“You don’t even go to church,” she said wearily. “Please stay safe, and please stay away from Gaza.”
Of course, my visit to the West Bank was quite pleasant, and, although it should go without saying (but sadly it does not), the Palestinian people were quite unlike the angry masses one occasionally sees on the evening news. I could happily report to my Ra’anana hosts that the Israeli portrait of the average Palestinian seems just as off base as the Palestinian portrait of the average Israeli, and that despite the obvious tensions, people remain people, even when politics can make daily life incredibly difficult.
After making my way back through the structure that some Israelis insist on calling a fence (it sometimes is a fence, but where I crossed it looked like a ten-meter concrete wall with a Berlin-esque watchtower), I called from the safety of Jerusalem saying that with my conference finished, I was off to Egypt.
“You’re not going to go to Gaza, are you?” my grandma asked in a nervous tone.
“No, grandma. Just the Sinai and Cairo.”
Just as I crossed the border into Egypt, the nervous situation momentarily erupted into something much more violent. As I struggled against the heat on an Egyptian bus completely unaware of the world around me, Hamas drove Fatah from the Gaza Strip leading to the current equilibrium (or stalemate) in Palestinian politics.
Before I knew that anything had happened, I was in the Sinai backpacker haven of Dahab, many many miles away, watching the images, like my grandmother, courtesy of CNN International and the BBC.
I sent grandma a brief note telling her that I was safe, and a week later, after I made it to Cairo and after I took the metro to see the pyramids (that still sounds a bit surreal), I called grandma to let her know that I was ok.
“Grandma, I went to Giza today!”
“No, no! Giza! G-i-z-a!”
“No, the pyramids, the Sphinx!”
At this point, my innkeeper, by then fully briefed on my grandmother’s fears, almost doubled over from his chair laughing.
“My friend,” he said, “sometimes, you just don’t think.”
“But I cannot lie to my grandmother,” I protested.
“And besides, it’s just the CNN effect.”
July 21, 2005
Google has introduced Moon maps :
"On July 20, 1969, man first landed on the Moon. A few decades later, we're pleased to cut you in on the action. Google Moon is an extension of Google Maps and Google Earth that, courtesy of NASA imagery (thanks, guys!), enables you to surf the Moon's surface and check out the exact spots that the Apollo astronauts made their landings."
but what's more interesting is their future plans, and what they think will happen on the moon in the following decades:
"We usually don't announce future products in advance, but in this case, yes, we can confirm that on July 20th, 2069, in honor of the 100th anniversary of mankind's first manned lunar landing, Google will fully integrate Google Local search capabilities into Google Moon, which will allow our users to quickly find lunar business addresses, numbers and hours of operation, among other valuable forms of Moon-oriented local information."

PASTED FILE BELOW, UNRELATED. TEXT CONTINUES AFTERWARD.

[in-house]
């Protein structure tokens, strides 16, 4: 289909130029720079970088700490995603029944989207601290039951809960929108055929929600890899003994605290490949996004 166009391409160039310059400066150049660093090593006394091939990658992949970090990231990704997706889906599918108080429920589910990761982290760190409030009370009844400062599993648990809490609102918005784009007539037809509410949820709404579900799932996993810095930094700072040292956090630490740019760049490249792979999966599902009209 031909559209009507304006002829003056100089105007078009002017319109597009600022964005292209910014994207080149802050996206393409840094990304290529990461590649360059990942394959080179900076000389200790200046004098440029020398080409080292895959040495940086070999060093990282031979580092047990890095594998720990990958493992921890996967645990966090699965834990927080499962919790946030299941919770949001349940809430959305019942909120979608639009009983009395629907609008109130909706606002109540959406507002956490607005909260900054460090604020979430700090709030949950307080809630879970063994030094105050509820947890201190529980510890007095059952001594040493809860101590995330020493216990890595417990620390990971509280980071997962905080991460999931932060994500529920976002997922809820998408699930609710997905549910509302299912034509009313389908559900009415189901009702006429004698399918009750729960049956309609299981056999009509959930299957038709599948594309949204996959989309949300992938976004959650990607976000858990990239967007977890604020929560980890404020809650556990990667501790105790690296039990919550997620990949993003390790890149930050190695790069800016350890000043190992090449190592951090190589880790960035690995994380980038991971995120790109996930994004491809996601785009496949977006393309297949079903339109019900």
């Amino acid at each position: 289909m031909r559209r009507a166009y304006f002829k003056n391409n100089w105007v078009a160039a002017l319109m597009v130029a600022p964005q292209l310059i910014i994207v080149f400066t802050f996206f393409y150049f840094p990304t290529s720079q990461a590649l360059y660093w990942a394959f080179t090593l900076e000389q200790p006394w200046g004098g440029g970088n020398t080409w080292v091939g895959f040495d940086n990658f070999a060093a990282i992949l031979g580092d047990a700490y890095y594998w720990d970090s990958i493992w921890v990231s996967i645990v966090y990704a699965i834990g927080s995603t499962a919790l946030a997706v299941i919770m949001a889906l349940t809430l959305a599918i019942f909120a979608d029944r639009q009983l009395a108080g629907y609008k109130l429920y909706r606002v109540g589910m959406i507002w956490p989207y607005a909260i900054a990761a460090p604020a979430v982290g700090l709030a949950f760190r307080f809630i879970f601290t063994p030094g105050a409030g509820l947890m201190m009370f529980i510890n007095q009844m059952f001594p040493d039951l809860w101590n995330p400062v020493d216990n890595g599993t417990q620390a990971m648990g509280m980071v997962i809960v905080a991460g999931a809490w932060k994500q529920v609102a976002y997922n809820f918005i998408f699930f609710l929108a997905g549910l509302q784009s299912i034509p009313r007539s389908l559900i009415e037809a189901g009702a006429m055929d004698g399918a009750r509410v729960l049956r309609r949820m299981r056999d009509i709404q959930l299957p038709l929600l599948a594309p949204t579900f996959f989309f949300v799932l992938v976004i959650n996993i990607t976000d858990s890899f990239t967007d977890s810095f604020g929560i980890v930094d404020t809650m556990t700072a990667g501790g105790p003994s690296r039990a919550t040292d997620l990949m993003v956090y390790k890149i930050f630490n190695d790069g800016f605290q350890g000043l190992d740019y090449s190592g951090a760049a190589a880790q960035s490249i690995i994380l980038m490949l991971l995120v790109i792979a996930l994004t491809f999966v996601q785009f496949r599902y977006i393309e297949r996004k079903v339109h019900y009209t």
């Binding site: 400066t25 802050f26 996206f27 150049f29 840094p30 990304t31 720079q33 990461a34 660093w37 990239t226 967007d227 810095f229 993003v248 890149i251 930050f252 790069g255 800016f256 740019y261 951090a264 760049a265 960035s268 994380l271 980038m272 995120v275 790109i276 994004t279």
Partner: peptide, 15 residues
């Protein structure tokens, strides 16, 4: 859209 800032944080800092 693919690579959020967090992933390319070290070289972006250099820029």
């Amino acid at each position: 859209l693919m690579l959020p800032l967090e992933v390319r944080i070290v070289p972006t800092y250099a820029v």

June 19, 2005
Critical Digressions: Dispatch from Karachi
Ladies and gentlemen, boys and girls,
We have touched down in Karachi and are reacquainting ourselves with the city through rituals that we religiously repeat every six months: in the afternoon, we get into our ‘97 Corolla, turn up the AC, turn on FM 89 (that plays Duran Duran's "Wild Boys" and "Taste of Summer" back to back with Nazia Hassan and our new generations of rockers, Noori, EP and Jal), pick up a copy of the Friday Times from our man at PIDC (who asks us how we've been and inquires about the political climate in the US), drop our dry-cleaning at the Pearl, get a shave and olive oil massage at Clippers (where we are informed of the reflexology treatment that they have recently introduced), get a beer for the road at the Korean restaurant (which nestles between our legs), and then by the evening, meander through Saddar, passed paan-wallahs, underwear-wallahs, open-air gyms, tea houses, Empress Market, the Karachi Goan Association building, to get a shirt altered, buy some DVDs (Carlito’s Way, Aurat Raj and Disco Dancer), and have fresh falsa juice as the sun warms our back and the sea breeze wafts through the city, portending the monsoon. On Thursday nights we will attend qawwalis at moonlit tombs of saints, on Friday nights we will attend the rollicking Fez disco at the Sind Club, on Saturdays, head to Burns Road for a plate of killer nihari (a hot, soupy dish prepared with calves' calves), and on Sunday, chat with old friends over Famous Grouse and Dunhills about the way things are and will be. Here, we are ourselves and we are alive.